furor

noun
fu·​ror | \ˈfyu̇r-ˌȯr, -ər\

Definition of furor 

1 : an angry or maniacal fit : rage furor of the god of war— Henry Fuseli

3 : a fashionable craze : vogue her singing … made her the furor of Paris overnight— Janet Flanner

4a : furious or hectic activity confusion and furor within the Pentagon over research and development spending— T. M. Bernstein

b : an outburst of public excitement or indignation : uproar Amid the furor, the senator continues to deny the allegations.

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Synonyms & Antonyms for furor

Synonyms

anger, angriness, birse [chiefly Scottish], choler, fury, indignation, irateness, ire, lividity, lividness, mad, madness, mood [archaic], outrage, rage, spleen, wrath, wrathfulness

Antonyms

delight, pleasure

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Examples of furor in a Sentence

The book caused a furor across the country. Amid a public furor, the senator continues to deny the allegations.

Recent Examples on the Web

The furor has prompted major changes at the 911 center, which had been plagued for years with staffing, workplace and operational problems that were spotlighted after Kyle's death. CBS News, "Questions linger after teenager suffocates to death inside minivan," 1 May 2018 The Kardashians represent something new and more pernicious, a cancer that has finally arrived in all its malignant furor. Alexander Nazaryan, Newsweek, "The Kardashians Killed the Hamptons," 3 July 2014 Democrats have been busy attracting candidates in those districts, too, as the #MeToo movement and furor surrounding President Trump’s policies energizes the left. Chris Stirewalt, Fox News, "There's more to primary day than California," 4 June 2018 But Paul Goble, a former State Department analyst, said that if anything, the growing furor surrounding Skripal could boost Putin's domestic standing. Christina Boyle, latimes.com, "British counterterrorism agents take over probe of Russian ex-spy's mysterious collapse," 6 Mar. 2018 The furor can also end up hitting other businesses by mistake. Daniel Arkin /, NBC News, "This restaurant booted Sarah Sanders, then came the digital pitchforks.," 25 June 2018 The furor over the separation policy seemed to grow even as the president planned to meet with House Republicans on Tuesday in advance of votes on immigration legislation that has divided his party. Author: Peter Baker, Anchorage Daily News, "Voices in both parties call for halt to practice of separating families at border," 18 June 2018 In each instance, as soon as the gun-control furor subsided a bit, so did Trump’s interest on the subject of mental health. Ben Joravsky, Chicago Reader, "News / Politics With his death-penalty ploy, Rauner uses an old trick he learned from his enemy: Mike Madigan," 16 May 2018 The cancellation had been met by widespread furor and disbelief, including from high-profile fans like Lin-Manuel Miranda and Mark Hamill. David Z. Morris, Fortune, "NBC Officially Picks Up Brooklyn Nine-Nine for 6th Season, Just a Day After Fox Canceled It," 12 May 2018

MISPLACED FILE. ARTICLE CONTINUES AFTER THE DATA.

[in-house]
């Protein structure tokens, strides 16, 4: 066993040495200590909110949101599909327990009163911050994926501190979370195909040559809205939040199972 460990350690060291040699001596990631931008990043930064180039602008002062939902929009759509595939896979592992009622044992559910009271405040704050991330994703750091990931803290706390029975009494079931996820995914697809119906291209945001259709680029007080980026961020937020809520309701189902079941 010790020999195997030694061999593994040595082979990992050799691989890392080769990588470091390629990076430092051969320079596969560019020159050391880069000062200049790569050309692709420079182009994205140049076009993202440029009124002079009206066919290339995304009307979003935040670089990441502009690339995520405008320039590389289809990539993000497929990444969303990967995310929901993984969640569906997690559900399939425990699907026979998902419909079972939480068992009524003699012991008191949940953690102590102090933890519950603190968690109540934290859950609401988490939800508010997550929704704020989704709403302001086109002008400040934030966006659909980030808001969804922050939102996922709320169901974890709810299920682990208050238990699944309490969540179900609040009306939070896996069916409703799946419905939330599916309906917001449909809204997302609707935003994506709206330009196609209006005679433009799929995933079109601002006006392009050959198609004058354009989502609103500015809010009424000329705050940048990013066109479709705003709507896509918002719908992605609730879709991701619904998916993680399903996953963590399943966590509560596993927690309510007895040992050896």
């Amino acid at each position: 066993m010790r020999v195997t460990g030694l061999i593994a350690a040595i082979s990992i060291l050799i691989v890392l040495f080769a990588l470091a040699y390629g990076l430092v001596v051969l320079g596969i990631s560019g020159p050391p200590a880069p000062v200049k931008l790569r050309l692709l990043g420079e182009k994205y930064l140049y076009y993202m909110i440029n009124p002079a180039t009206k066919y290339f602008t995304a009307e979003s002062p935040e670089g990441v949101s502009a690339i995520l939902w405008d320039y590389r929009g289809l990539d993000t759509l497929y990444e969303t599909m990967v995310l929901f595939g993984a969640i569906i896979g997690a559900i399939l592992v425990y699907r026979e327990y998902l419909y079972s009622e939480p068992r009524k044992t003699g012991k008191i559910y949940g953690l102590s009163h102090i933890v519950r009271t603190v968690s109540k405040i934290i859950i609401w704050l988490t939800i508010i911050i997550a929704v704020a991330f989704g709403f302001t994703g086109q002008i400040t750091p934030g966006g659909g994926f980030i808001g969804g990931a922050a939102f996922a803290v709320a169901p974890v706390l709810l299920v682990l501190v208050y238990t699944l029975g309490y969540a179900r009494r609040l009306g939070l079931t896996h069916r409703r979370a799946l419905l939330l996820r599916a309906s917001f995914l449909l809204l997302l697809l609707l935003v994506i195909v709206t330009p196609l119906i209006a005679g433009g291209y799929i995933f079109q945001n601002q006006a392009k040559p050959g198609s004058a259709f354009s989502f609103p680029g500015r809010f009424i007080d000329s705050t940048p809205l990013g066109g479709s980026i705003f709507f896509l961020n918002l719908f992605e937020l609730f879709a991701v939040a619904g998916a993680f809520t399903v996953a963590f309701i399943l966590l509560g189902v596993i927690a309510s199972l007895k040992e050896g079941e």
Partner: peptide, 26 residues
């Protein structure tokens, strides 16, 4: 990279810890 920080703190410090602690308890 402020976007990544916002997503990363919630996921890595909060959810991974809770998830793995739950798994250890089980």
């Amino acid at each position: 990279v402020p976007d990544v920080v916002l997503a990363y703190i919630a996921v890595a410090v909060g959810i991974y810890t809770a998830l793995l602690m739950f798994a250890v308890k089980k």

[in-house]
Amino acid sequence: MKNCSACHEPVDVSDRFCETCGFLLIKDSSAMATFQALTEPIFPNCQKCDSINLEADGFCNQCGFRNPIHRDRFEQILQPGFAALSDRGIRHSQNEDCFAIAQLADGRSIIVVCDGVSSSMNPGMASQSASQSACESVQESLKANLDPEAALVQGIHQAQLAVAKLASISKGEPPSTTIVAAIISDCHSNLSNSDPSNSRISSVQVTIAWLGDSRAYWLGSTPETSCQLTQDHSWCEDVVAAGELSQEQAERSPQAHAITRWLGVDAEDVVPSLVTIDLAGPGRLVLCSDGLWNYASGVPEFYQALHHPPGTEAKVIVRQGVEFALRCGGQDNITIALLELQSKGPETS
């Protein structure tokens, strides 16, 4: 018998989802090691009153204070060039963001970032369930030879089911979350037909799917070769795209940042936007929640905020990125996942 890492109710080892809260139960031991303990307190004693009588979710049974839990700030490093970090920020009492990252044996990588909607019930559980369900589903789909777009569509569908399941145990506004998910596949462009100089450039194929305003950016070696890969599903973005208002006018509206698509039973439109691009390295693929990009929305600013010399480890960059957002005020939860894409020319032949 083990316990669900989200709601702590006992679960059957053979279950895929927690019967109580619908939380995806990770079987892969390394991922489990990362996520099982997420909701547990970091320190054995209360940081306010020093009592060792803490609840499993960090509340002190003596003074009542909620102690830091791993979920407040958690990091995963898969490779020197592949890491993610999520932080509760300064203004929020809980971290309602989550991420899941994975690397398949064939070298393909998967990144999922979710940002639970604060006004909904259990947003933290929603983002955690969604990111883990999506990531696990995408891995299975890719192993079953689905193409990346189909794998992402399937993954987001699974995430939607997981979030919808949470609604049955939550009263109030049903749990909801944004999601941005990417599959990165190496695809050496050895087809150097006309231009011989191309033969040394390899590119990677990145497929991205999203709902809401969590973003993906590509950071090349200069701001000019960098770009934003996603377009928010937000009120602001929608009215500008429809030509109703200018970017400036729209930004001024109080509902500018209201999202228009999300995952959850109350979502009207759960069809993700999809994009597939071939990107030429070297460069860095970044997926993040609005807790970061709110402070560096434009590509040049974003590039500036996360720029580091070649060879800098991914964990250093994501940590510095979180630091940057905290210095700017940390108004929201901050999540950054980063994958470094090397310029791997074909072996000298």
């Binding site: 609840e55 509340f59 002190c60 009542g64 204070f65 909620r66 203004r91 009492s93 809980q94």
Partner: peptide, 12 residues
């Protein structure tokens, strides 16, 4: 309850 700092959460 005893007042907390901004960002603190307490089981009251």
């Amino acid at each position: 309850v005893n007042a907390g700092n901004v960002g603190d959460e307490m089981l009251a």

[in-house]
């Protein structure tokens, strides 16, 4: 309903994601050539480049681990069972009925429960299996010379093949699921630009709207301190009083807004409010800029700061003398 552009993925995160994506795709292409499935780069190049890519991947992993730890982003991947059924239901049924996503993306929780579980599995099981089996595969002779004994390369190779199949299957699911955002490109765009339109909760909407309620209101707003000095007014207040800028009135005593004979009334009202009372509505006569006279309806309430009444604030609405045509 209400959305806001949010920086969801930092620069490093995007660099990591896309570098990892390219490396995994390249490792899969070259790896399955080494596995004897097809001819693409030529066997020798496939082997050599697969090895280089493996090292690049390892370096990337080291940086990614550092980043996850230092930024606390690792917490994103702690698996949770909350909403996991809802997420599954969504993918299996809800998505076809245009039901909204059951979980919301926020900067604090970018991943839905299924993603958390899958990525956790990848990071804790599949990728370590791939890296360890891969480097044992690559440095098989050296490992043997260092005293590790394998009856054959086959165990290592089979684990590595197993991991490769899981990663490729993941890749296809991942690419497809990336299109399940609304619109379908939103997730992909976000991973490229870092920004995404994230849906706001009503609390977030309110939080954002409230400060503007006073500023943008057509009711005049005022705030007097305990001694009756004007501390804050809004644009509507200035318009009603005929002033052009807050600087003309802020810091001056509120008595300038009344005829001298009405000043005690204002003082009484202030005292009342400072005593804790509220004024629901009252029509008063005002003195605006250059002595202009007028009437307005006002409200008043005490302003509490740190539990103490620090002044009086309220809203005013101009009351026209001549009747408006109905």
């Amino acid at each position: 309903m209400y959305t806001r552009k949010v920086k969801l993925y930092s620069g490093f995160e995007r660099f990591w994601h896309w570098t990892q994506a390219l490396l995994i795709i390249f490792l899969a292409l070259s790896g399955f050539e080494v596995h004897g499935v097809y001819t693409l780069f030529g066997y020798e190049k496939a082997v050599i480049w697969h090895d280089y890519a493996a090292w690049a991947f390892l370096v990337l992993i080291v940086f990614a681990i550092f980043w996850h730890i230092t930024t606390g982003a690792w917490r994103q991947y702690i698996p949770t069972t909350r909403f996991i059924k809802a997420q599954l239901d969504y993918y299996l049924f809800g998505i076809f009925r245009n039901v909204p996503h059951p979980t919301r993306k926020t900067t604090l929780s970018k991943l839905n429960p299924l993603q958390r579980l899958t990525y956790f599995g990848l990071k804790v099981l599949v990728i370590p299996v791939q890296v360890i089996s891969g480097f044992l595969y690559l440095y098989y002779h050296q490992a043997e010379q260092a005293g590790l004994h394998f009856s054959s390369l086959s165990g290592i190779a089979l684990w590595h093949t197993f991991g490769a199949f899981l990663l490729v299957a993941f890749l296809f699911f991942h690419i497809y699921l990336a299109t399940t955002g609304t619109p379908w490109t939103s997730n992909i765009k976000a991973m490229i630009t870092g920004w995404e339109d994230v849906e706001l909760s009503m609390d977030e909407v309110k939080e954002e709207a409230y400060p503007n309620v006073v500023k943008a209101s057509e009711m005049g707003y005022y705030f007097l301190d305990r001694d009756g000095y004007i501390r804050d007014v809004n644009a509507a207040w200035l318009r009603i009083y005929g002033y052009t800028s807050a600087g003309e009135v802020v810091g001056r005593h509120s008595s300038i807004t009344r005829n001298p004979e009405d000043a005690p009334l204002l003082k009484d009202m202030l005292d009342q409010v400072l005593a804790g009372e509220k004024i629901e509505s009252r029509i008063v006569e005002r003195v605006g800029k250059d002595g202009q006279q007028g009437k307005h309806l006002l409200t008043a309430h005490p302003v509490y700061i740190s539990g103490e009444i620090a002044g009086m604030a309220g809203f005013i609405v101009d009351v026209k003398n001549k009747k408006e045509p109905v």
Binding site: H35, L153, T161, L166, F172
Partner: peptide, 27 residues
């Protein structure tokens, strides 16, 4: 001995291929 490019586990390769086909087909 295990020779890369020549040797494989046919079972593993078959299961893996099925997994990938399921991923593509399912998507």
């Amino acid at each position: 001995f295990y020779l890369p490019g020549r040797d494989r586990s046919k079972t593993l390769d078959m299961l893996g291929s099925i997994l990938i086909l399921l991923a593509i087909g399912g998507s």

These example sentences are selected automatically from various online news sources to reflect current usage of the word 'furor.' Views expressed in the examples do not represent the opinion of Merriam-Webster or its editors. Send us feedback.

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First Known Use of furor

15th century, in the meaning defined at sense 1

History and Etymology for furor

Middle French & Latin; Middle French, from Latin, from furere to rage

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Statistics for furor

Last Updated

27 Oct 2018

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Time Traveler for furor

The first known use of furor was in the 15th century

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More Definitions for furor

furor

noun

English Language Learners Definition of furor

: a situation in which many people are very angry and upset

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Comments on furor

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